How to Travel with a Disabled Pet

Pet Travel Center

Caring for a disabled pet is a labor of love, whether you have adopted one or your pet has developed a disability with age. Unfortunately, pets can suffer from many disabilities, such as birth defects, mobility issues, blindness, deafness, and even cognitive or emotional problems. Thankfully, due to advancements in veterinary care and loving pet owners, many pets can live a happy and healthy life even with a disability. In many cases, this includes traveling, though this should be done with extra caution. Here are some ideas for how to travel with a disabled pet.

Consult Your Veterinarian

The first thing a pet owner should do before traveling with a pet, particularly a disabled one, is to consult their veterinarian. This is important for several reasons:

  • Assess that the pet is healthy enough to travel 
  • Ensure vaccinations and other preventions are current
  • Procure any medications, special food, etc.
  • Receive any travel advice for your specific pet and address any concerns

Depending on your reason for travel, it may be better for your pet to be in someone else’s qualified care, either through boarding or a professional pet sitter in the home. Make sure to let your veterinarian know if you are traveling due to relocation or for pleasure.

Ensure Safety when Traveling with a Disabled Pet

The greatest responsibility when traveling with a disabled pet is ensuring their safety. This means planning as much as possible to provide for their special needs. Pet owners should purchase and carefully pack travel necessities such as:

  • All medications and shot records
  • Spacious carrier
  • Food, fresh water, dishes, and any dietary supplements
  • Leashes and any mobility devices
  • Bedding and grooming supplies
  • Contact information for personal veterinarian and local emergency veterinary services

Being prepared to keep your disabled pet safe during travel will lessen their stress and anxiety as well as your own.

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Manage Pain

If your pet’s disability results in pain, it’s important to manage and alleviate this during travel. Your disabled pet may require medication, special nutrition, massage, physical assistance, etc., while at home. These pain management needs should be thoroughly met while traveling as well.

If your disabled pet appears to develop new or worse pain symptoms, contact your vet or the nearest veterinary hospital immediately. Your pet may require medical attention that can’t be delayed.

Pay special attention  and consideration to your disabled pet when traveling.
Pay special attention and consideration to your disabled pet when traveling.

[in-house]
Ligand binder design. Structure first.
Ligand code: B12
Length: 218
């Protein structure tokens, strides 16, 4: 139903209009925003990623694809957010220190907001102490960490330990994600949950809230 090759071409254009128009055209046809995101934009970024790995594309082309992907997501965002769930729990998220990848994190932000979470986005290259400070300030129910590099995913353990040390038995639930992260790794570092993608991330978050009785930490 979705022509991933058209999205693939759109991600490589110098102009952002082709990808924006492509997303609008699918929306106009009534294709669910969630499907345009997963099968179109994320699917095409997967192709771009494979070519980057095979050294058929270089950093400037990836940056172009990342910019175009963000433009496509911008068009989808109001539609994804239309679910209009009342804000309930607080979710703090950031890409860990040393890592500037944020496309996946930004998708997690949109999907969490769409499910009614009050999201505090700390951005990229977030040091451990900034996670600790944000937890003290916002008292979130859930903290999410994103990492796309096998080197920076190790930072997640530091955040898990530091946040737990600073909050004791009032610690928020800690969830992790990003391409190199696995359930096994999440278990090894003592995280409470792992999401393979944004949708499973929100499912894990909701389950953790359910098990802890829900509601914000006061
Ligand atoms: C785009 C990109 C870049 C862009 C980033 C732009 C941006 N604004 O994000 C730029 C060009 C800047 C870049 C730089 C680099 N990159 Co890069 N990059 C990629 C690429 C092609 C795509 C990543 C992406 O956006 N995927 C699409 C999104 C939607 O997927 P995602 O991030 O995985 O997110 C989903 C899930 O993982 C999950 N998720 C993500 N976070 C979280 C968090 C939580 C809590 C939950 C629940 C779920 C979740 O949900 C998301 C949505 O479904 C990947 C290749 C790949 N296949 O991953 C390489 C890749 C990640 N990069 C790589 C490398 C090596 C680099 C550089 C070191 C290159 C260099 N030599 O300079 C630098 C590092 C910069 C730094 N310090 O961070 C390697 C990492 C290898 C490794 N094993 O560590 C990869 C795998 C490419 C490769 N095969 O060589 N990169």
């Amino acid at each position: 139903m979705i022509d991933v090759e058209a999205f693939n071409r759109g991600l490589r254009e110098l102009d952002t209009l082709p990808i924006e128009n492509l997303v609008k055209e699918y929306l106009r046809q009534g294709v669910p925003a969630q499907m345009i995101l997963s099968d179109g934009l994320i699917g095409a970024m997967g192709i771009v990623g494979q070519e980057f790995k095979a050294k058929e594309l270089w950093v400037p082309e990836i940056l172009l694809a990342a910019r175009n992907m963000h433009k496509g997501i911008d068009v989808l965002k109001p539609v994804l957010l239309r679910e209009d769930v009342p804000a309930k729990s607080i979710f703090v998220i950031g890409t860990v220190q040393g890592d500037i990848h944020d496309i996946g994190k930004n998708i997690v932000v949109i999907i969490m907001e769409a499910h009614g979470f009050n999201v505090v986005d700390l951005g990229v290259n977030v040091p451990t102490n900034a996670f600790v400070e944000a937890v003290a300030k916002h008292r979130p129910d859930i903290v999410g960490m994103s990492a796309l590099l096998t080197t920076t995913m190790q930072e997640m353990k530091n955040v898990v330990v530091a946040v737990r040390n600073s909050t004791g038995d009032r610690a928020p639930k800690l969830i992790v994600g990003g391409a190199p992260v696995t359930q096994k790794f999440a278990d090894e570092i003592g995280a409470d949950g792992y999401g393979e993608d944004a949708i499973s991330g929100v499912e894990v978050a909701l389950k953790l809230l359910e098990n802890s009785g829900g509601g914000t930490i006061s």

Provide Comfort to Your Disabled Pet

Travel is inherently stressful for animals, and this stress can be compounded for disabled pets. One way to ease this stress is to provide your pet as much comfort as possible. This includes traveling in the most comfortable manner possible, which for animals is usually by car. Unlike airline travel, being on the road allows for fresh air and other stops when necessary.

In addition, it’s important to accustom your pet to their travel carrier, so they are familiar with it. For many disabled pets, this may involve purchasing a larger carrier to accommodate any mobility devices. It’s also essential to arrange pet-friendly accommodations ahead of time to avoid any additional travel stress.

Be sure also to bring along as much comfort from home as possible. This may include favorite blankets, toys, and treats. Pet owners are part of this comfort as well. Do not ever leave your disabled pet unattended, and be mindful of your stress levels when interacting with your disabled pet during travel. Your tone and mannerisms should be extra loving and patient while traveling.

Be Observant

You know your pet and their disabilities better than anyone. If you feel that traveling with your disabled pet is possible without adverse consequences to their health and well-being, then perhaps it’s best to start with small journeys close to home. This way, you can assess whether your pet acclimates well to travel and whether it’s manageable and enjoyable for you as their owner.

Of course, be observant of your pet’s behavior and emotional state during any length or form of travel, especially if they are disabled. Animals often communicate their distress through subtle behavioral changes such as decreased appetite, low energy, abnormal bodily functions, attempting to hide or escape, vocalizing, and even shaking. Pet owners need to take action at the first sign of distress to prevent any long-term consequences.

Owning a disabled pet can be a big responsibility but also an incredibly rewarding experience. If your disabled pet is healthy enough to travel, you may have the chance to create wonderful memories. Overall, their safety and well-being should be the highest priority in terms of any travel.

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